Alligator Blood May Provide New Antibiotics

Alligator blood could provide a powerful new source of antibiotics for fighting deadly “superbugs” and other infections, researchers say.

An Alligator is a group of animals in the order Crocodilia. The genus Alligator has two living species, the American Alligator and the Chinese Alligator.

Despite their reputation for deadly attacks on humans and pets, alligators are wiggling their way toward a new role as potential lifesavers in medicine, biochemists in Louisiana reported today at the 235th national meeting of the American Chemical Society. They described how proteins in gator blood may provide a source of powerful new antibiotics to help fight infections associated with diabetic ulcers, severe burns, and “superbugs” that are resistant to conventional medication. Previous studies have showed alligators have an unusually strong immune system; unlike humans, alligator immune systems can defend against microorganisms such as fungi, viruses, and bacteria without having prior exposure to them.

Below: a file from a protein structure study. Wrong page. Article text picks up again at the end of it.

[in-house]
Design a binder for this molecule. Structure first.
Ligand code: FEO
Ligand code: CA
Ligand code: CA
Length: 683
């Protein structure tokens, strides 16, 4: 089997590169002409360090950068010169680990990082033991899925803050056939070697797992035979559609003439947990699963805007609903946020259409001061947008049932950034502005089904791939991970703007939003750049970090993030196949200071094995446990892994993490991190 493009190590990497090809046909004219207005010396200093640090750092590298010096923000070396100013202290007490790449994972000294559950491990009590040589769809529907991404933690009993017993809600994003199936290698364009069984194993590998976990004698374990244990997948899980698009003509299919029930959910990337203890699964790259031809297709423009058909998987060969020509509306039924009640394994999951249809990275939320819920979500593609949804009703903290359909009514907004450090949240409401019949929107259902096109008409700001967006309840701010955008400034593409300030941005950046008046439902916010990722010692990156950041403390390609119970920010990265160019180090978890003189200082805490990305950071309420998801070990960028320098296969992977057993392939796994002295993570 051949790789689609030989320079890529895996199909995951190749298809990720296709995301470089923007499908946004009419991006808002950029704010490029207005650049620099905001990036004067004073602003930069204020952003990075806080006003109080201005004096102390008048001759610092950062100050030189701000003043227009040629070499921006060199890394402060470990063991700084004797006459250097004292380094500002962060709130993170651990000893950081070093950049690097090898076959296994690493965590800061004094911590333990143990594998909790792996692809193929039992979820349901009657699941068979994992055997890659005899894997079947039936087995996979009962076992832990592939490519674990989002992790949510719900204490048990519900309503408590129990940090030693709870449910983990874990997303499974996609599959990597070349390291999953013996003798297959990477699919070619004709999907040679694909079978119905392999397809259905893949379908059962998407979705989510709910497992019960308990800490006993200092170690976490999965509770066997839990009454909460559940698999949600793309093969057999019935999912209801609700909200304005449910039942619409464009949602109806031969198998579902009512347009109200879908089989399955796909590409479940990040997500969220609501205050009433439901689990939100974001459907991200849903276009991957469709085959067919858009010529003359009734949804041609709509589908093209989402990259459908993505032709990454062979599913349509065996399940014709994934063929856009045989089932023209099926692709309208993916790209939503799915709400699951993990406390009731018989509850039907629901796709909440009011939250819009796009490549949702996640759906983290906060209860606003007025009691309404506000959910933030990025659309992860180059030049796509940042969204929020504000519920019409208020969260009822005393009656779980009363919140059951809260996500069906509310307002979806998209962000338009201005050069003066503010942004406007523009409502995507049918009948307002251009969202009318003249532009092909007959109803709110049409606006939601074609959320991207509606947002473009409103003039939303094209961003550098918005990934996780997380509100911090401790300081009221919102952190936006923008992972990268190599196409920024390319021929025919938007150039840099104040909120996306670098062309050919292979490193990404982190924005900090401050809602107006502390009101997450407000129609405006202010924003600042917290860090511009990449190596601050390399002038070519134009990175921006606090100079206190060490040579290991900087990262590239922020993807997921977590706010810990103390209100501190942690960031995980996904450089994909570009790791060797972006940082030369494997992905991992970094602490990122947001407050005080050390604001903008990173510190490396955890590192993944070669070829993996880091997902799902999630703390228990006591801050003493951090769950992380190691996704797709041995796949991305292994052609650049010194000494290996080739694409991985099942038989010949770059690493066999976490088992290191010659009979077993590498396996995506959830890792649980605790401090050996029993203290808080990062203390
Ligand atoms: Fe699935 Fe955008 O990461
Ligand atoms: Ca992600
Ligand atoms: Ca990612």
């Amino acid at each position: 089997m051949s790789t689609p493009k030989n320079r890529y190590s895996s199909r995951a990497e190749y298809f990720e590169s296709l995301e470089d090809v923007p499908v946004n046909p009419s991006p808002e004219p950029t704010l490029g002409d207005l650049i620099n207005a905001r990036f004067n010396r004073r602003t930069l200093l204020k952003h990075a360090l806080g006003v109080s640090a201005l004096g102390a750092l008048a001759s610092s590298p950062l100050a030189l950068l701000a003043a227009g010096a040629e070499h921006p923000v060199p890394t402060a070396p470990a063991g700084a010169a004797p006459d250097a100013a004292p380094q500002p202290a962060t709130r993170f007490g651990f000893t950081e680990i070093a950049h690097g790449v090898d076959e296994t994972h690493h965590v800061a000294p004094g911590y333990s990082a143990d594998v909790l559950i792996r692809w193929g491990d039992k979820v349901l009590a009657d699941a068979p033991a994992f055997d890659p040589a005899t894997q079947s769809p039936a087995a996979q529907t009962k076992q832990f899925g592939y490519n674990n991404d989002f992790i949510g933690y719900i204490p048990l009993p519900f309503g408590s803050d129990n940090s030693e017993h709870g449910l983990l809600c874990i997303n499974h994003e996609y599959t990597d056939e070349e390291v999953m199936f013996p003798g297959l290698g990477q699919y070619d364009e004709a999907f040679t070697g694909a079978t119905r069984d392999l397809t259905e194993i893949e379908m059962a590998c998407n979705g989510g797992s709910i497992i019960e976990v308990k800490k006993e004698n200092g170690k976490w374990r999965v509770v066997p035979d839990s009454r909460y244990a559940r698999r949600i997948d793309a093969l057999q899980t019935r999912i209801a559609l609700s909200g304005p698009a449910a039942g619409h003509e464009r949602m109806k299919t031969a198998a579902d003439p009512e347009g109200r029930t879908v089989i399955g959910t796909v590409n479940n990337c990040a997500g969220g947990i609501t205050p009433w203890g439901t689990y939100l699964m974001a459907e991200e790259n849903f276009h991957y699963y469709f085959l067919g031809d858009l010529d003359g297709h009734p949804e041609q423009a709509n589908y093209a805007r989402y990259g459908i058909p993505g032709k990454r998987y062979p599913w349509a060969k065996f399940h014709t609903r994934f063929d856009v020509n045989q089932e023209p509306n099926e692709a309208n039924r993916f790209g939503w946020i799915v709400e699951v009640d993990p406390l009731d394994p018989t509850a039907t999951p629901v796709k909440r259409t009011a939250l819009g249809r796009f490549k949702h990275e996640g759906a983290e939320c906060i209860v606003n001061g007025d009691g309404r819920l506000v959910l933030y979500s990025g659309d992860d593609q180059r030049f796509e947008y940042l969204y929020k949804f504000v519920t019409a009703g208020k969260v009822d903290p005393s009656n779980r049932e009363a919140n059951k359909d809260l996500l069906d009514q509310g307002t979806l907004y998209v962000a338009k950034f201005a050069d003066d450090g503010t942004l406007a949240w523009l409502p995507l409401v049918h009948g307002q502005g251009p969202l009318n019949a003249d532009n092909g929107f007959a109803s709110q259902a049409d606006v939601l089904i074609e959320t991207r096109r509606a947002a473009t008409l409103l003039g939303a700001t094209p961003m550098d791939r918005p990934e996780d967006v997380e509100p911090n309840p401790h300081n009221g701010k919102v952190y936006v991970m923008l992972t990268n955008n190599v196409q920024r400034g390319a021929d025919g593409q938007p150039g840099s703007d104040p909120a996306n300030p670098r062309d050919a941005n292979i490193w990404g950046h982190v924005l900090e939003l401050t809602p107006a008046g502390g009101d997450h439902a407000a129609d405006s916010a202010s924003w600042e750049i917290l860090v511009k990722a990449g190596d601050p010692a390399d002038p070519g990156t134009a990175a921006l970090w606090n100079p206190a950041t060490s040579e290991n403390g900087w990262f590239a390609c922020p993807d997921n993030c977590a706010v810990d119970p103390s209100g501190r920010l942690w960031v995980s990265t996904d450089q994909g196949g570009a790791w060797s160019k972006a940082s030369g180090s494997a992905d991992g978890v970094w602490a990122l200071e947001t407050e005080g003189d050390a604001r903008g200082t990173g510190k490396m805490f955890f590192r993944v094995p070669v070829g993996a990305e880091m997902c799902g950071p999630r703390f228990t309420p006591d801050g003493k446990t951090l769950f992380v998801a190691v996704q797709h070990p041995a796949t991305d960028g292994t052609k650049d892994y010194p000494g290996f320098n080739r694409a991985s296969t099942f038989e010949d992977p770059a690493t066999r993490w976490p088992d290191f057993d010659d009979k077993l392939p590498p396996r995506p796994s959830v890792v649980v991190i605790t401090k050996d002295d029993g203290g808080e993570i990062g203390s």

Alligator blood may put the bite on antibiotic-resistant infections